CORPUS CHRISTI, Texas — One Coastal Bend organization believes focusing more on recognizing mental illness would keep more people from going into the jail system. In fact, a fairly new partnership between health officials and area law enforcement is already seeing results.

"Our goal is to try to divert them from hospitals so we are not tying up the ERs, and divert them from jail if possible," CCPD Crisis Officer Amber Buckelew said.

A big part of what Buckelew does is focused on helping people who might be suffering from mental illness, many of whom end up being homeless. A partnership was established last year between the Corpus Christi Police Department and the Nueces Center for Mental Health & Intellectual Disabilities, and it is making strides in combating the issue.

"We have not just PD but MHID also partnering," Buckelew said. "They have contracts with Charlie's Place. If someone is struggling with addiction for example, which a lot of people with mental illness do struggle with addiction, we're able to get them directly in there."

Emergency care that comes through a program called the Crisis and Forensic Diversion Program.

"Often times people get into trouble based on their mental illness, so we recognize, and this community recognizes, this is a problem we are not going to arrest our way out of," Buckelew said.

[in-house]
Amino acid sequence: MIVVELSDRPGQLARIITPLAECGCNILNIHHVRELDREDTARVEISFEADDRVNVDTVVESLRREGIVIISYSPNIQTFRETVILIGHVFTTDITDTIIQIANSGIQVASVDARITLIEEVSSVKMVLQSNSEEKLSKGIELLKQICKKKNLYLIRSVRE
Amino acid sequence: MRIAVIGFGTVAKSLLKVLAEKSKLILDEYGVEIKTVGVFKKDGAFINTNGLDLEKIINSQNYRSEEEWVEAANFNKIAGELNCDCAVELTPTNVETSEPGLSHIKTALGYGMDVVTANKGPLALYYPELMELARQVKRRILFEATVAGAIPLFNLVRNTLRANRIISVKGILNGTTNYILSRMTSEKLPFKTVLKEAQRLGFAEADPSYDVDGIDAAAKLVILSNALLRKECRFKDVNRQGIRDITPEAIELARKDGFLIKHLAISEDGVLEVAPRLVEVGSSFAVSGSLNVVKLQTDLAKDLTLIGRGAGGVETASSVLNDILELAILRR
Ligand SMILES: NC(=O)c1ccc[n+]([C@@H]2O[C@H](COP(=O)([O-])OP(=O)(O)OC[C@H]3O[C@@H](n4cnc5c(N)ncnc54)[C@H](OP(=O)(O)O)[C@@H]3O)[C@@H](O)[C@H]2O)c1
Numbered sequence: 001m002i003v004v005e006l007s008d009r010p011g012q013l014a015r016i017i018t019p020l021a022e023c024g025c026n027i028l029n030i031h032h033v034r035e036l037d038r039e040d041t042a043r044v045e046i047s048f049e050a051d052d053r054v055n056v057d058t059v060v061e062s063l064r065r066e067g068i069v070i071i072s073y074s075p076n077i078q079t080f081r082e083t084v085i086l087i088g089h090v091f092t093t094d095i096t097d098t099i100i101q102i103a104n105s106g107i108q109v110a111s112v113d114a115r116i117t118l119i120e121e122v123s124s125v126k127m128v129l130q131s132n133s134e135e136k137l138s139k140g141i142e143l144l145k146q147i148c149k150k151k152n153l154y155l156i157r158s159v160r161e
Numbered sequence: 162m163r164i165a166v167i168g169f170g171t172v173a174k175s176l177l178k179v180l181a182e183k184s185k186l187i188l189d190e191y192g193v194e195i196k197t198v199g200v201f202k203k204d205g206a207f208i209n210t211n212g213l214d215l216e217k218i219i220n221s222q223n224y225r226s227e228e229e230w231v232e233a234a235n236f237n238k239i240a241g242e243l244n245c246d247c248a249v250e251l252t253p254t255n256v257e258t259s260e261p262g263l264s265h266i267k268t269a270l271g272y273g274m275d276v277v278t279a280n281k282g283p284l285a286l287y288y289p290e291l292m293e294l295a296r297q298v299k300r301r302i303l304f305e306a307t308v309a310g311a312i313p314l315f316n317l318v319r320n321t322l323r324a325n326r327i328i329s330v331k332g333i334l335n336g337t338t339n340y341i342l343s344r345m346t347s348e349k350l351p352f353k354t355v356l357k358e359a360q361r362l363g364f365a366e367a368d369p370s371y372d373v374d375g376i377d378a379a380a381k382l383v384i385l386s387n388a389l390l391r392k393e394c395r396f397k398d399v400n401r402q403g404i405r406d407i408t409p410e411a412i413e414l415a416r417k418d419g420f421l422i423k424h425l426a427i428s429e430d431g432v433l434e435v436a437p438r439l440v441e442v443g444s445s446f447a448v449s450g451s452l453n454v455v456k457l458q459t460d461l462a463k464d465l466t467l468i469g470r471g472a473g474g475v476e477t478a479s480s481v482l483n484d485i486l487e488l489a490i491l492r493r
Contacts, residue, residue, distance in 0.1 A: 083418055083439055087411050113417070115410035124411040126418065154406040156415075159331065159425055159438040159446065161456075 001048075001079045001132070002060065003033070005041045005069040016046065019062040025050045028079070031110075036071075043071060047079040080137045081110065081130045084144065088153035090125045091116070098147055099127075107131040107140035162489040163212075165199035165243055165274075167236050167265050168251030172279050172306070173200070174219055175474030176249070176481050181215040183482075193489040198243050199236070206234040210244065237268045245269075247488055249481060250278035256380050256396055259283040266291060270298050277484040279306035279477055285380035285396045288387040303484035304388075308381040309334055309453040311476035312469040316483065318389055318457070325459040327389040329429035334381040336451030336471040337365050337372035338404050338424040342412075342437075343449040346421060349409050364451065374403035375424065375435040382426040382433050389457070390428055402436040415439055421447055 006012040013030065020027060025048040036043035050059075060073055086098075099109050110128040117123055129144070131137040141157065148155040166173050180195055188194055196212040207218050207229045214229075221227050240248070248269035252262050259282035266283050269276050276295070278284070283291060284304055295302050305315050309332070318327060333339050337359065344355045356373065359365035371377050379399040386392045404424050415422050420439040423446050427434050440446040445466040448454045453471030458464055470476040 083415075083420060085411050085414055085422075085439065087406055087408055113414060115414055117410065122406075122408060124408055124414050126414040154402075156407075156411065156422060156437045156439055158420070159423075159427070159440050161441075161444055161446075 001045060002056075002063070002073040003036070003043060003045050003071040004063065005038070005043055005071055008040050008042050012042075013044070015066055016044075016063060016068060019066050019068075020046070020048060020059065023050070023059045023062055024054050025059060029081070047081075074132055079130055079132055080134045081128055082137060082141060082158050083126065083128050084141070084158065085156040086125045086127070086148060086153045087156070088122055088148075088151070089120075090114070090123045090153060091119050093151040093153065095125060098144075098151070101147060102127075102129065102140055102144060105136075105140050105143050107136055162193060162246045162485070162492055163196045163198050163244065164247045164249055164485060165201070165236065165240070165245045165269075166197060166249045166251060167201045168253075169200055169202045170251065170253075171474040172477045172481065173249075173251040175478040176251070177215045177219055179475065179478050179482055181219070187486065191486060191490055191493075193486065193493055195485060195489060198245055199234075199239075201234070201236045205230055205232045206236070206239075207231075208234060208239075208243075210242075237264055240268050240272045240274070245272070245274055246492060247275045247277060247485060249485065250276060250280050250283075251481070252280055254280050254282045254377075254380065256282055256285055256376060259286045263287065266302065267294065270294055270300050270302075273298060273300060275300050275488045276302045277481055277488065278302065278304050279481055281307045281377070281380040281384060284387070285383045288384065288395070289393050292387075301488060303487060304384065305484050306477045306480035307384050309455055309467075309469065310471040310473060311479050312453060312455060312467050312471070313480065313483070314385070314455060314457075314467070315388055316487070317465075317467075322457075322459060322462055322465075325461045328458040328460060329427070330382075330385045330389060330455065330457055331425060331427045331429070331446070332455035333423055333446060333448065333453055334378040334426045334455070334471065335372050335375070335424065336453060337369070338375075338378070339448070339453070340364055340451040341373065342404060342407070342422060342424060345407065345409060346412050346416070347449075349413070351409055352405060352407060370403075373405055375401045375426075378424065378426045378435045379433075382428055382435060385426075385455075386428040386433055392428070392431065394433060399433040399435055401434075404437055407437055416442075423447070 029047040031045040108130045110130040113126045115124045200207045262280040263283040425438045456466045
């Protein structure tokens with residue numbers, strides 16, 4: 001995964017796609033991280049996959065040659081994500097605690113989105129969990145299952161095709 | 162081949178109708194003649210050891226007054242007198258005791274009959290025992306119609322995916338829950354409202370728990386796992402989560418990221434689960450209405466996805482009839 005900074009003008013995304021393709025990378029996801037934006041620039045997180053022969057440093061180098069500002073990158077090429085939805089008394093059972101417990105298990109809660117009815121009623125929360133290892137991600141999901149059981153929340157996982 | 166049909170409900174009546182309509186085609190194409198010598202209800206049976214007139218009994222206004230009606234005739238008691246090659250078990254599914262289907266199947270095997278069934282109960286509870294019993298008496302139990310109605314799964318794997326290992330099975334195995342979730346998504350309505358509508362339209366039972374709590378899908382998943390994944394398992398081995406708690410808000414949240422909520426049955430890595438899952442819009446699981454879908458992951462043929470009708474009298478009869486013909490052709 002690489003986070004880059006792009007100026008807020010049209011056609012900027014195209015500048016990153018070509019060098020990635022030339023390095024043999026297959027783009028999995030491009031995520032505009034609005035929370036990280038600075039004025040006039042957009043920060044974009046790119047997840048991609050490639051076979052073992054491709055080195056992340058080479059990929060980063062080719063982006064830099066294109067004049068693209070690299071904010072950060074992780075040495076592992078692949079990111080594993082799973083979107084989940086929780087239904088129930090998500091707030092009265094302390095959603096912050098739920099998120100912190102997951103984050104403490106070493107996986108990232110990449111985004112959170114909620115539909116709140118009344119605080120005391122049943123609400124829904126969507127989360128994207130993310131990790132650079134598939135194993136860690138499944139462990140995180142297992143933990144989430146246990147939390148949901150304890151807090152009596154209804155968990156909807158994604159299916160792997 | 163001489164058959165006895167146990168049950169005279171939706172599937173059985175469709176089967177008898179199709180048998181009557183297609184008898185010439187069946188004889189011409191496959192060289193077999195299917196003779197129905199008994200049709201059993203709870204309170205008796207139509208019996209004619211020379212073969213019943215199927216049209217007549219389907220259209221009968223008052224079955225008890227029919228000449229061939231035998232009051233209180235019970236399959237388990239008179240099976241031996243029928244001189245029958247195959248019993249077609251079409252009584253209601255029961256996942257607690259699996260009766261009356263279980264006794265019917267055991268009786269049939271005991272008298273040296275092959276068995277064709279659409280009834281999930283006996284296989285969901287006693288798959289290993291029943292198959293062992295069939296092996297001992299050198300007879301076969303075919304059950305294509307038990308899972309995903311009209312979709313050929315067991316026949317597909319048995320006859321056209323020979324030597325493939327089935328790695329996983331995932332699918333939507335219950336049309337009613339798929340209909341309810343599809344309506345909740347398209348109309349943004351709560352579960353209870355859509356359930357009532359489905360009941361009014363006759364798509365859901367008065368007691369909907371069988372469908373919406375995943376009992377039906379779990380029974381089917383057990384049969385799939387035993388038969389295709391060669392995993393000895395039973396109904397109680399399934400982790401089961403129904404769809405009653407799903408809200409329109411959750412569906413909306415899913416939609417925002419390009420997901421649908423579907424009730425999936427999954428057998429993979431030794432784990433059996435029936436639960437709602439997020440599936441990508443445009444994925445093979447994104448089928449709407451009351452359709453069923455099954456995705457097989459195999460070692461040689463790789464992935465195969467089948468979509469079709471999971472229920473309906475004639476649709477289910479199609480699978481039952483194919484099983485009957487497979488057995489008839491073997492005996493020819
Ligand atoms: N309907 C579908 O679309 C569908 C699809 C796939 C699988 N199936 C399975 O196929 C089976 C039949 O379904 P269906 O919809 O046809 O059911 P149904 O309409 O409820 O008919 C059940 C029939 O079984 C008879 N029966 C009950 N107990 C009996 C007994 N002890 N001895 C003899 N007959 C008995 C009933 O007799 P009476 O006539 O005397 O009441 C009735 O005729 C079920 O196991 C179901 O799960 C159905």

Mark Hendrix with MHID said the costs can add up. It's about $3,000 every time a person goes for psychiatric in patient stay, $350 to have someone in a state hospital bed, and upwards of $137 a day to incarcerate someone who has mental illness.

"When you think about the cost associated with arrests, with incarceration, with long-term psychiatric in-patient care, it's must cheaper to treat people than it is to incarcerate them or hospitalize them for a long period of time," Hendrix said. "It's also more effective."

Their effort is already showing results, serving over 360 people with a cost savings of $2.3 million.

"This partnership has been awesome," Hendrix said. "It's opened up so many doors. We're able to collaborate with the DA, with several different entities. I don't think it would have been possible had this not started."